November 11, 2011
Three thousand years of beautiful tradition from Moses to Sandy Koufax to ... the 2013 World Baseball Classic?
If Shawn Green, Brad Ausmus(notes) and Gabe Kapler(notes) achieve their goal, another proud highlight could be added to Israel's long history. All three Jewish ex-ballplayers have just joined a group that aims to field a team for the next edition of Bud Selig's international tournament.
Selig has to like that news, seeing as how he's both Jewish and seeking to make the WBC as global an event as possible. But can it actually happen? Israel isn't exactly a hotbed for baseball talent and all three players mentioned above might not even be able to play. (Kapler would be 37 in 2013 while Green and Ausmus would be 40 and 44, respectively.)
But given that Major League Baseball now features a talented core of players with Jewish lineage, the trio is banking on the possibility of heritage and pride being a strong calling card. Citizenship is not a requirement when it comes to joining a WBC roster.
In Israel, a small, devoted group of American ex-pats make up the majority of the local leagues and the country has had moderate success in international youth competitions. A professional league was launched in 2007 but was dominated by foreign players and lasted just one season.
But thanks to WBC tournament rules that allow countries to field players who are eligible for citizenship—even if they are not actual citizens—Israel can tap into the formidable pool of Jewish-American baseball talent that includes 13 major leaguers.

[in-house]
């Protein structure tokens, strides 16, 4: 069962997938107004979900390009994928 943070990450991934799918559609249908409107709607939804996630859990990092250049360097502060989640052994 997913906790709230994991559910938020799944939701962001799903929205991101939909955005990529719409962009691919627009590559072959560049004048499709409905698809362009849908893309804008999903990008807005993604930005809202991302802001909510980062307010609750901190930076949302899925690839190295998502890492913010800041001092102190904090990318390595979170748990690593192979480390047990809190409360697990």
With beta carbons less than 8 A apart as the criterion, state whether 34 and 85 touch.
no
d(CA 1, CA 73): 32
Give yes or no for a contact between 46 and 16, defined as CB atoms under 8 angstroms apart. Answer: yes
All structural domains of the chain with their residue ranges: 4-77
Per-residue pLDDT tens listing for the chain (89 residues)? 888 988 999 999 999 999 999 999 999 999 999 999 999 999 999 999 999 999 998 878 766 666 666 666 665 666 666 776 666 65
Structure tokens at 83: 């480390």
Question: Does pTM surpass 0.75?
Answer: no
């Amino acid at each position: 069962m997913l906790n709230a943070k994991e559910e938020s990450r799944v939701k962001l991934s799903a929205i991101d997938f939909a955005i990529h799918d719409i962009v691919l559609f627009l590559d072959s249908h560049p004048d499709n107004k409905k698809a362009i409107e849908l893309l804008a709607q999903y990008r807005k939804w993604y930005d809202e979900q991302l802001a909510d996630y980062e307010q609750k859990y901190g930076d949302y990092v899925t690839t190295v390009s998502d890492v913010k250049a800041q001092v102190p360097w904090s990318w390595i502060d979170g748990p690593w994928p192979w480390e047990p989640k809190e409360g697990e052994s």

Indeed, if the league's current Jewish players want to create a super-team with a nod to the great House of David squads, they'd certainly have a good start. Milwaukee's Ryan Braun(notes), Texas' Ian Kinsler(notes) and Boston's Kevin Youkilis(notes) are all Jewish, as are free agent Jason Marquis(notes), New York's Ike Davis(notes) and Tampa Bay's Sam Fuld(notes). The only problem is that none of them would be around for the qualifying rounds, so Green and Co. might not have the opportunity to ask them to be ringers.
This wouldn't exactly be new ground for the WBC. Back in 2009, the Italian team made the tournament and filled its roster with guys like Francisco Cervelli(notes), Mark DiFelice(notes) and Frank Catalanotto(notes). The squad was able to knock Canada out of the tournament, but failed to advance to the second round when it lost to Venezuela.
One other big challenge in creating a roster is that not everyone is guaranteed to play for Israel. Youkilis and Braun were on the United States roster in 2009 and — with Kinsler — are likely to be extended invites again in two years. Just because they're Jewish doesn't mean they'll automatically be up for playing on this theoretical WBC team.